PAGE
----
CINEMA Director Selva embarks on a time-travel with his 25th film “Naanga” featuring nine actors — all hailing from film families. Here is on what makes the work unique…
M en with unruly curls and black-rimmed glasses, dressed in big-collared, notice-me shirts, and flared trousers with waist-cinching wide belts… Going by the pictures of director Selva's “Naanga,” you would think it's yet another nostalgic take on an era that had a definitive style.
But Selva's film is more than just a throwback to the 1980s. The director hits a different path with his nine pivotal characters who switch to flashback mode to recall their student days and celebrate love through their stories. “Five love stories coalesce to form a gripping whole. It's a film about nine friends. They meet decades after their campus days in the 1980s and relate their love stories. Since the film swings from the present to the past, I had to create a distinct look for the characters for the flashback sequences,” says the director excitedly.
The excitement in his voice is not without reason. For the first time, nine actors drawn from various film families in the South feature in a Tamil film. “All the boys who play significant roles are sons of film personalities and technicians. Barring one actor, the rest make their debut with this film,” says the director, who has proved over the years that he's not afraid of trying out new faces.
Having introduced actors Ajith, Sibiraj, ‘Thalaivasal' Vijay, Sanghavi, Jai Akash et al to Tamil films, the director adds, “While stars have their strengths on the sets, newcomers too have their pluses. They are open-minded and follow directions to a T. Some of the actors who feature in this film were not even born in the early 1980s, so they were able to look at life and love from a fresh perspective. And that's quite a contrast to what they experience in reality as youngsters in today's world.”
From Santhana Bharathi's son Sanjay Krishna and playback singer Mano's son Sagar to music director Vasu Rao's son Munish and production manager T.V. Sasi's son Varun, the film has a plethora of new faces. “In all, we have five heroes, two comedians and two villains. It's the screenplay that synchronises all the disparate elements and the five love stories,” discloses the director, who has wrapped up shoot. “The music re-recording is happening now. Balabharati has come up with a melodious score in keeping with the theme of love. ‘Naanga' will hit the screens in April.”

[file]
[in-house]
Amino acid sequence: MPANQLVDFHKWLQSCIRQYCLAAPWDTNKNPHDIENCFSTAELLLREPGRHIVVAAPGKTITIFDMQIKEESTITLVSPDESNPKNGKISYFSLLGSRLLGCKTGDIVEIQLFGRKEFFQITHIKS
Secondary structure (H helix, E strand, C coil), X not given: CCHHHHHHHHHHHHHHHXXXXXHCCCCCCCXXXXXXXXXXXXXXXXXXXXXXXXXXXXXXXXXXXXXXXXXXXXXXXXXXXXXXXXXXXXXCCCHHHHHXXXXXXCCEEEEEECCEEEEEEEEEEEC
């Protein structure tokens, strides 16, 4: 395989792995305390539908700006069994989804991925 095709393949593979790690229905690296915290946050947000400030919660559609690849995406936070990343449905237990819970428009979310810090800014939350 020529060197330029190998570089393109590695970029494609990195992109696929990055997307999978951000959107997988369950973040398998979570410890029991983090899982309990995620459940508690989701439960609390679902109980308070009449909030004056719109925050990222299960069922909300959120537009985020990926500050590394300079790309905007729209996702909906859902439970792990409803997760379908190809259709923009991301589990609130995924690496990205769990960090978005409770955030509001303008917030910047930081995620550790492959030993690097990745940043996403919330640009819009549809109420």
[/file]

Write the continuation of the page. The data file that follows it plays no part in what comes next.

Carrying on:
The director whose two-decade career spans a range of films such as Ajith's debut “Amaravathi”, “Thalaivasal”, “Naan Avan Illai” and its sequel, believes love themes always click. “Recently, we did an informal research and asked people to recall the most unforgettable moment in their life. Invariably, everyone reminisced about their on-campus crush! ‘Naanga' is a result of that study.”
The 25-films-old director, who has seen phenomenal success and numbing failures, says it takes a long while to recover from a box-office disaster. “Success does nothing to you. You just move on to the next work. But flops leave you feeling low for a while. After all, filmmaking is a business and filmmakers would love to ensure at least minimum guarantee!”
Does that justify his penchant for remakes? “Not really. I updated K. Balachander's ‘Naan Avan Illai' for today's audience, because it was such a powerful film that was timeless in its appeal. But for ‘Guru En Aalu', only the germ of an idea was picked up from the Hindi hit ‘Yes Boss.' Spin-offs click sometimes — not always! A lot depends on the power of the script, treatment and packaging.”
For his next film too, Selva hopes to rope in his band of new boys. “Yes, I will feature the same lot. It'll be a tech-driven theme,” he reveals.
T. KRITHIKA REDDY
Success does nothing to you. You just move on to the next work. But flops leave you feeling low for a while Selva